Why all the incentives are aligned in favor of contracts like the Astros’ new first baseman’s, and how that could change.
Ben and Sam talk about the idea that trying to win is costing teams money, then discuss what the industry says about this week’s transaction activity.
After any article in which I include a toss-off reference to politics, like calling our president “President-by-court-order,” I get a lot of email that says, essentially, that I shouldn’t talk about politics. For those of you in this group, I’m going to get to baseball here in about four paragraphs.
Baseball is steeped in politics. The issues of tax burden and allocation: is it right to build a stadium for a team, and what good (if any) does it for the city? Labor relations and the roles of unions in the modern economy.
The Winner’s Curse is a term borrowed from the oil industry. It stems from the system of auctions of oil rights to parcels of land. (It may have earlier origins than that, but if so, I’m not aware of them.)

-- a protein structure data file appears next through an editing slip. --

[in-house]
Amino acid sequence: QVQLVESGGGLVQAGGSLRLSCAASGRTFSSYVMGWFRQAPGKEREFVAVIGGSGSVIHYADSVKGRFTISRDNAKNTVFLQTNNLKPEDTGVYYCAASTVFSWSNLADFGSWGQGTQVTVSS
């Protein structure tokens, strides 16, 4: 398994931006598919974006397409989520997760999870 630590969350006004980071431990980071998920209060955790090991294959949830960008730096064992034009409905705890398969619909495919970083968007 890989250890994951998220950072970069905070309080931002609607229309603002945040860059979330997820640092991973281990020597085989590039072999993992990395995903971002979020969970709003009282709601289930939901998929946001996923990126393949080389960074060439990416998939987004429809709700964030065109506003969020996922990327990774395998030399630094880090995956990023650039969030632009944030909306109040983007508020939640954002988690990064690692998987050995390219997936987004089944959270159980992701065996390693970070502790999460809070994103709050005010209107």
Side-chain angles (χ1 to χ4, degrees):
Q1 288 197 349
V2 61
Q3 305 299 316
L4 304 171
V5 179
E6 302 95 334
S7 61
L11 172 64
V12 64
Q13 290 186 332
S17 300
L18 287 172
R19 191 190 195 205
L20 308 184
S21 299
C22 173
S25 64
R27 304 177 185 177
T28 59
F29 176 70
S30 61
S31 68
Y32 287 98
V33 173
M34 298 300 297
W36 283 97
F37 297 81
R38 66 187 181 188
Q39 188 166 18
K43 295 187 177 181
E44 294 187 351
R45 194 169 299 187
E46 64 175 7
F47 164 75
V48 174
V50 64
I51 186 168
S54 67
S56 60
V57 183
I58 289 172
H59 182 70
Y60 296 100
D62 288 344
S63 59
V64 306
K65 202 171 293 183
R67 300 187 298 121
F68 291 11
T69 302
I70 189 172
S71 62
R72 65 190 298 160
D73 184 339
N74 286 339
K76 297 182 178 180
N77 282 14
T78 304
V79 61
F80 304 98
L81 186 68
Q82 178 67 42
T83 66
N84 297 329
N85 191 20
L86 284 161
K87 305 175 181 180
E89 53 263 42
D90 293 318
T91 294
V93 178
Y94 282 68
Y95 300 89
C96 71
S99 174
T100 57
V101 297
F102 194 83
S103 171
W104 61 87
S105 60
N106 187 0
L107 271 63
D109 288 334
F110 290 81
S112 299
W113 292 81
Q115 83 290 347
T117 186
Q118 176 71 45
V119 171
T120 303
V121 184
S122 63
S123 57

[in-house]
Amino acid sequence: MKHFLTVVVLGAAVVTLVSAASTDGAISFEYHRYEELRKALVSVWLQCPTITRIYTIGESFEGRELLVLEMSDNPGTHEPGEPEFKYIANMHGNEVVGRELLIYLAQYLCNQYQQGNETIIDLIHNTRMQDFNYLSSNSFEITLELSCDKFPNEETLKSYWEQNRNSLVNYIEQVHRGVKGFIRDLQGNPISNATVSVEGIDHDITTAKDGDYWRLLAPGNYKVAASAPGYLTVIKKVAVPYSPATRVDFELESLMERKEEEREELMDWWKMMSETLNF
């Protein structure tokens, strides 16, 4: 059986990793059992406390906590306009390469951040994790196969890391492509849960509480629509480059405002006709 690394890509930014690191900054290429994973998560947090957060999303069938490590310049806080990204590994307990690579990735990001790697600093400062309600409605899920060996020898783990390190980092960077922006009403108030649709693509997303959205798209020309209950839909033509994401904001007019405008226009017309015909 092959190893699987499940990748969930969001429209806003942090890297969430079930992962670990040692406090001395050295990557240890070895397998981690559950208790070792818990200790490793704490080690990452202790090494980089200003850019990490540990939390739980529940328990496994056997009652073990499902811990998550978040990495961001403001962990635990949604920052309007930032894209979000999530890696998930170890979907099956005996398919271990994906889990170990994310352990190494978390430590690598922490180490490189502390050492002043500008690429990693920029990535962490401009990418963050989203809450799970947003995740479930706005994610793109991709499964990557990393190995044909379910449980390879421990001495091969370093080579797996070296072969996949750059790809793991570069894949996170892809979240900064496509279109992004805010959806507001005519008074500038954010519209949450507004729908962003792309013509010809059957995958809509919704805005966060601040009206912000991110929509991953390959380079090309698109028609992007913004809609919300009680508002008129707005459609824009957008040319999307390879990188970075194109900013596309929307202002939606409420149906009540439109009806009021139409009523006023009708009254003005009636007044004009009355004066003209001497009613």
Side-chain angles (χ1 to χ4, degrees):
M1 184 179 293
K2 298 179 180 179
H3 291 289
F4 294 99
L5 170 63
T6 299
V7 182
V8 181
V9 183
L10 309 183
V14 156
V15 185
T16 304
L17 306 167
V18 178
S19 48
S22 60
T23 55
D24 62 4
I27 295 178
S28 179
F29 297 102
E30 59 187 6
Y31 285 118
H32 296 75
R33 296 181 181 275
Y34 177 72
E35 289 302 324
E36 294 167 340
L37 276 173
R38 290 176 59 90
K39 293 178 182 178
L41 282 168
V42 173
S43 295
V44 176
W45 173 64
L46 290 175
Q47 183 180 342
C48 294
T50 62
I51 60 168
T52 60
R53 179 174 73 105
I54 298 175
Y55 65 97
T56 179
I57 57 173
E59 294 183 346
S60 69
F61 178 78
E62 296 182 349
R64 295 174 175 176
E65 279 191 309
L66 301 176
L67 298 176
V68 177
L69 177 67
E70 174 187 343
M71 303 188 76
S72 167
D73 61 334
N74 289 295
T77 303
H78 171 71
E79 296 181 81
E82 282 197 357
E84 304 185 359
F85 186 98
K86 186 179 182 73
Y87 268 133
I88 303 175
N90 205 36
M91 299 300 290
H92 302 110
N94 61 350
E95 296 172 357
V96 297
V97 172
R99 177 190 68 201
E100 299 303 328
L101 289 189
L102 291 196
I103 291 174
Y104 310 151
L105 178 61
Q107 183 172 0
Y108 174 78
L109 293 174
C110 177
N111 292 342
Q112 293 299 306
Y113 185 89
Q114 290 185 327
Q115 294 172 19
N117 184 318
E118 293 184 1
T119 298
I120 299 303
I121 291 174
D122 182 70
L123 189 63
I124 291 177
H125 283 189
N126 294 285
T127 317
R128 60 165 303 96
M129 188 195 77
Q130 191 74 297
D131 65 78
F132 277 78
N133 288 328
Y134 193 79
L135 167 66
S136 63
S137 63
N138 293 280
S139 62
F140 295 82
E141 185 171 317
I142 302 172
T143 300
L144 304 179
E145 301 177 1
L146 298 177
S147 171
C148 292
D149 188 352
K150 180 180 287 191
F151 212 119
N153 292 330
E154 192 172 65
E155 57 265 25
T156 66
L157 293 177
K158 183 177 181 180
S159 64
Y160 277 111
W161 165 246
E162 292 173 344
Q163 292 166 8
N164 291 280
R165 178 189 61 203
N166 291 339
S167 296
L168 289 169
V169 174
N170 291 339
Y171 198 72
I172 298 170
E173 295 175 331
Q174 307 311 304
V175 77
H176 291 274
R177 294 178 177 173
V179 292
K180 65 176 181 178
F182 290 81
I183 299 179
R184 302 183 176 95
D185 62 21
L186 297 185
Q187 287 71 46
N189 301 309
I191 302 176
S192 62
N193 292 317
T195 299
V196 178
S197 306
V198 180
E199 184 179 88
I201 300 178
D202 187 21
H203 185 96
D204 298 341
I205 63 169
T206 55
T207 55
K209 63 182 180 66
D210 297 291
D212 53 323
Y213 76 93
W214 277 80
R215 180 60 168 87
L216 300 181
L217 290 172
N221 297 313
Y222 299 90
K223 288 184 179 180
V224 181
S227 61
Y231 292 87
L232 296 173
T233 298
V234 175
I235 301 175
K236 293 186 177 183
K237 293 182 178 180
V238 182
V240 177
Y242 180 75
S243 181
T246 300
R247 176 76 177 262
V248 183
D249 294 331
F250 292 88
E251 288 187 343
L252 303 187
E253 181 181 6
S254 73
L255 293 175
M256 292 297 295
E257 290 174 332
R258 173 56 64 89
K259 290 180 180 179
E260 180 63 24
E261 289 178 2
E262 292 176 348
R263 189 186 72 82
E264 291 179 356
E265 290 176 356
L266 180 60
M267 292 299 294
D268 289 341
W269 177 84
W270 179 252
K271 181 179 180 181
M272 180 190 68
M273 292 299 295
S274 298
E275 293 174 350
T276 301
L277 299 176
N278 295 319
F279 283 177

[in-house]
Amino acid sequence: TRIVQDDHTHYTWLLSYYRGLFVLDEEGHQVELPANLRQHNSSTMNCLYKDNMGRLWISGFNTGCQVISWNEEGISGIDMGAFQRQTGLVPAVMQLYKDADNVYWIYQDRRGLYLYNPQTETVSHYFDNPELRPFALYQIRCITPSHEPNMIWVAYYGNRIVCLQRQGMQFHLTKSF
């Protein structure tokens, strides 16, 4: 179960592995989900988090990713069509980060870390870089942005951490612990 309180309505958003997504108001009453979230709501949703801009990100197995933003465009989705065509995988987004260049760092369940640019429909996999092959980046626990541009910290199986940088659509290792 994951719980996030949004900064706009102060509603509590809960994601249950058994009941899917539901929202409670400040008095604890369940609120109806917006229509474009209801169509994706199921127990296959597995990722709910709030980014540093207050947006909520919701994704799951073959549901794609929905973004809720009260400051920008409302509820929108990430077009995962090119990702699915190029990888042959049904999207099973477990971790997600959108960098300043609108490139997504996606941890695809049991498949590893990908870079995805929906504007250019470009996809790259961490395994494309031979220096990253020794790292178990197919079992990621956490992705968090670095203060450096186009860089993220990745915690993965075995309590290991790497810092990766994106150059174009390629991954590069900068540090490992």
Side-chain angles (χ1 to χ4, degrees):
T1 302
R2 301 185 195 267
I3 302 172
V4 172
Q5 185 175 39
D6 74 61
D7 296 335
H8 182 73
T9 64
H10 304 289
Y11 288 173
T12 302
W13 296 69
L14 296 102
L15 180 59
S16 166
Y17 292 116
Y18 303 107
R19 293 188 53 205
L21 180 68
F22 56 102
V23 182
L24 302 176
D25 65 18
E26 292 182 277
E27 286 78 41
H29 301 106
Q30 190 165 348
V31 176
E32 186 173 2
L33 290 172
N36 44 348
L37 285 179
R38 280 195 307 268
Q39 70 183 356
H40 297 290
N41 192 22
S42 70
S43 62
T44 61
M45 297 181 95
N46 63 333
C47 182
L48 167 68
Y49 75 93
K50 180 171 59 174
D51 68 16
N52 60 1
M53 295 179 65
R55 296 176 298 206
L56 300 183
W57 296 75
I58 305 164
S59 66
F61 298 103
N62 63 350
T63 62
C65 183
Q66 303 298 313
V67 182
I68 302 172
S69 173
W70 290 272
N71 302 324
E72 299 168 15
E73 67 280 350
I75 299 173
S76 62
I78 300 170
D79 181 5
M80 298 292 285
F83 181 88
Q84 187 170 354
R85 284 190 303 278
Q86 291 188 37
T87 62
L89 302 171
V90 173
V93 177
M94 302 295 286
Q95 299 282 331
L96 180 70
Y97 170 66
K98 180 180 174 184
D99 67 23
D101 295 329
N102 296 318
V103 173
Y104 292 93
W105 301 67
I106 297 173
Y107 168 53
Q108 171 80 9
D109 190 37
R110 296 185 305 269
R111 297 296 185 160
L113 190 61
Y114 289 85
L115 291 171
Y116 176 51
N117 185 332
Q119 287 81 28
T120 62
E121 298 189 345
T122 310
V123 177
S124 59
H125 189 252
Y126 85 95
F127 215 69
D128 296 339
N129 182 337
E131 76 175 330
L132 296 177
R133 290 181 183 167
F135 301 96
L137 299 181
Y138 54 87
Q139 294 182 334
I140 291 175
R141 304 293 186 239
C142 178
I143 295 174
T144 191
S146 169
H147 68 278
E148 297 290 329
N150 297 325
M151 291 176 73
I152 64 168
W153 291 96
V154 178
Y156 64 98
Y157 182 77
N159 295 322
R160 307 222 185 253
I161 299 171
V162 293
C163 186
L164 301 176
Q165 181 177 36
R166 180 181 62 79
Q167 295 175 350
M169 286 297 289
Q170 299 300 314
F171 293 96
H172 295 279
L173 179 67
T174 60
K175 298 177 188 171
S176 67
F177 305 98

In 1994, I never did believe there was going to be a strike. I was wrong, of course, and in the process of being wrong learned a lot about labor relations, economics, and how those things apply to baseball.
It’s not much of a secret that we’re strongly pro-player in baseball’s labor disputes–a quick look at the contents of the Baseball Prospectus Baseball Labor and Economics page will tell you that. Some of us are more interested in the business side of things than others, but we’ve discussed these issues amongst ourselves and we’re pretty much all on the same side of the fence.
Unlike some of my partners in crime here at BP, I won’t froth about labor issues without some serious provocation. While I believe the owners lie about their financial situation with reckless abandon and wield the relocation/contraction stick with all the subtlety of “The West Wing,” I can’t get too righteously indignant about it.